Answer: The buyer can seek the required two proposals for construction services from CRCOG-approved contractors to substitute for the original contractor, one of which will eventually substitute for the original contract. CFSIC will keep an active claim “active” for a period of 180 days from the date of the Claim Transfer Agreement in order to allow time for this to happen. If it isn’t accomplished by then, the claim is removed from our system, it is no longer active, and the buyer is no longer in line…and must therefore start the process all over again as if the claim had never transferred. If we are not accepting applications at the time that happens, then the buyer may have to wait for years to reapply, or may never get an opportunity.
Question: Who is responsible for contacting ESIS ProClaim to tell them about the sale of a home?
Answer: Only the original homeowner (Original Claimant). ESIS will not accept communications of any kind from real estate agents or from Transfer Claimants (home buyers) regarding a claim transfer.
Question: Okay…what happens then?
Answer: When you provide ESIS ProClaim with your claim number by phone or email and indicate that you want to transfer your claim to the buyer of your home, they will provide you with a Claim Transfer Data Form to complete. You will send it back to them completed. The Superintendent’s office will then contact you and send you a Claim Transfer Agreement, which will require your signature and that of the buyer, as well as separate witnesses. You will return the fully-executed Claim Transfer Agreement back to the Superintendent’s office. Once this agreement is fully executed and received in the Superintendent’s office, the transfer of the claim can occur, and the permanent records of the claim are changed with regard to who the claimant is.
Question: I’ve already signed a proposal with a contractor. Who is responsible for telling the contractor that I’m selling my home?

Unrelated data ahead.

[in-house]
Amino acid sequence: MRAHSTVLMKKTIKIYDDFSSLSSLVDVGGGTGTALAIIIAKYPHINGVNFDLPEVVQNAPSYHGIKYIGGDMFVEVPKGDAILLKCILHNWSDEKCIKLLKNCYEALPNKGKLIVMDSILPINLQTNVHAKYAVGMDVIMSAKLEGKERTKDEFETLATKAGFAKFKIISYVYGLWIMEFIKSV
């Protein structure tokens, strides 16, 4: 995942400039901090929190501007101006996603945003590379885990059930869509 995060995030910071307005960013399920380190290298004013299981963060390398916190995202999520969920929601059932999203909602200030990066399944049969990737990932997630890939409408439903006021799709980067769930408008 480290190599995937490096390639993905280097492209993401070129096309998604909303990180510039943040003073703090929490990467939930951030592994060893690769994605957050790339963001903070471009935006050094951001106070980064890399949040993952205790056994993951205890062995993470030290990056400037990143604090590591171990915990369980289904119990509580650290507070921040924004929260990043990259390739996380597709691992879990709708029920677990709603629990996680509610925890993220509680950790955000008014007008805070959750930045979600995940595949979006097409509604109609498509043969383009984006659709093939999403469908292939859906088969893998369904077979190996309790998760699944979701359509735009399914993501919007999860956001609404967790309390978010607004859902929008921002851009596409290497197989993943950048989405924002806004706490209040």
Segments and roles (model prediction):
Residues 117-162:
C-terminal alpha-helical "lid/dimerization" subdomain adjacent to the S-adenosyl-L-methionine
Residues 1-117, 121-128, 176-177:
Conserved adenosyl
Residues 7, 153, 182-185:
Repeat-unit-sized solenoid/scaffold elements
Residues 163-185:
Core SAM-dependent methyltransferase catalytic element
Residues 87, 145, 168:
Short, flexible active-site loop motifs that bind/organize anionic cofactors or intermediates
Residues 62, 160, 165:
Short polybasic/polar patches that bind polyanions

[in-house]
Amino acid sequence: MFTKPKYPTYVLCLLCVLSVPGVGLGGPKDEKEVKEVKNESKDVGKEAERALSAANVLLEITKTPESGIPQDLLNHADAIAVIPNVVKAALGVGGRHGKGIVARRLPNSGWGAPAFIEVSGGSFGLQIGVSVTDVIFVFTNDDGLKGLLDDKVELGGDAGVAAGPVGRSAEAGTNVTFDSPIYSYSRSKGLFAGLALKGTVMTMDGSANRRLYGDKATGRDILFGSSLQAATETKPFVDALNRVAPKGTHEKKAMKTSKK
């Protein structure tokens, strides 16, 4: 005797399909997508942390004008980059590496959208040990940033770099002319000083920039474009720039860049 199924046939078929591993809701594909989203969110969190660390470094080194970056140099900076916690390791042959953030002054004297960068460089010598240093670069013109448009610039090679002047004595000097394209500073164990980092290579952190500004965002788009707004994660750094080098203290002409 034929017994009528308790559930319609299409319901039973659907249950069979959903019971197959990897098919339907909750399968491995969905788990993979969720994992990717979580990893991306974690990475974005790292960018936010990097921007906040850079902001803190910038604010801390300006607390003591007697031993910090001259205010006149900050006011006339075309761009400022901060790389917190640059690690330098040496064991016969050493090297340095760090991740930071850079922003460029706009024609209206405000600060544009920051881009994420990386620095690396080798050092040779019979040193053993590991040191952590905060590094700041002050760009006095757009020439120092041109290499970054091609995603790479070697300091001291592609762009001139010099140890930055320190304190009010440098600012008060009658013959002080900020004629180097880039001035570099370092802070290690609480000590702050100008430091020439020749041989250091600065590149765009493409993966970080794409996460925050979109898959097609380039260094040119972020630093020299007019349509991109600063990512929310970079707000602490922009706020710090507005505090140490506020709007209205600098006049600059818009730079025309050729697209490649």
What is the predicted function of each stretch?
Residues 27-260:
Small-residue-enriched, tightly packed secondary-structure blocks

Answer: You are. It is not ESIS ProClaim’s responsibility or CFSIC’s responsibility to do this. It also cannot be the real estate agent or the homebuyer. If you want to transfer your claim, you have to do this yourself.
Question: What will CFSIC accept as evidence that the Original Claimant has transferred the home to the Transfer Claimant?
Answer: A copy of the recorded deed.
Question: But I have a CHFA loan agreement that I’ve just entered into. What happens to that?
Answer: You have to address that with CHFA.
Question: My contractor started work on my foundation last week. Can I still transfer my claim?
Answer: No. Once work starts on your foundation, you have to see it through, or you terminate your construction contract. We cannot permit a claim to transfer if even the most preliminary part of the remediation process has begun.
The CHFA Credit Enhancements Program
You should go here to learn more about the CHFA credit enhancements program as it is now constituted. Please note that it currently does not apply to condominiums. CFSIC did not create and is not administering the loan program, and the ESIS claim team cannot advise you in any way about the terms and conditions of any aspect of the program. The link noted in this section will take you to an outline of the program, as well as to a section marked “Frequently Asked Questions.” We also recommend contacting the Homeowner Advocate using the contact information on the Department of Housing website for more assistance.
CFSIC’s 2020 Annual Report
CFSIC’s 2019 Audited Financial
If you have any questions about the operation of the program, ESIS is your best source of information on your claim, and their phone number and email are shown below.
As you work through the information and application process (understanding that we are in suspension for the taking of new applications), here’s how you can get help:
– Call ESIS (the claim adjuster) at: 844-763-1207
– Email ESIS at: firstname.lastname@example.org
– Email CFSIC at: email@example.com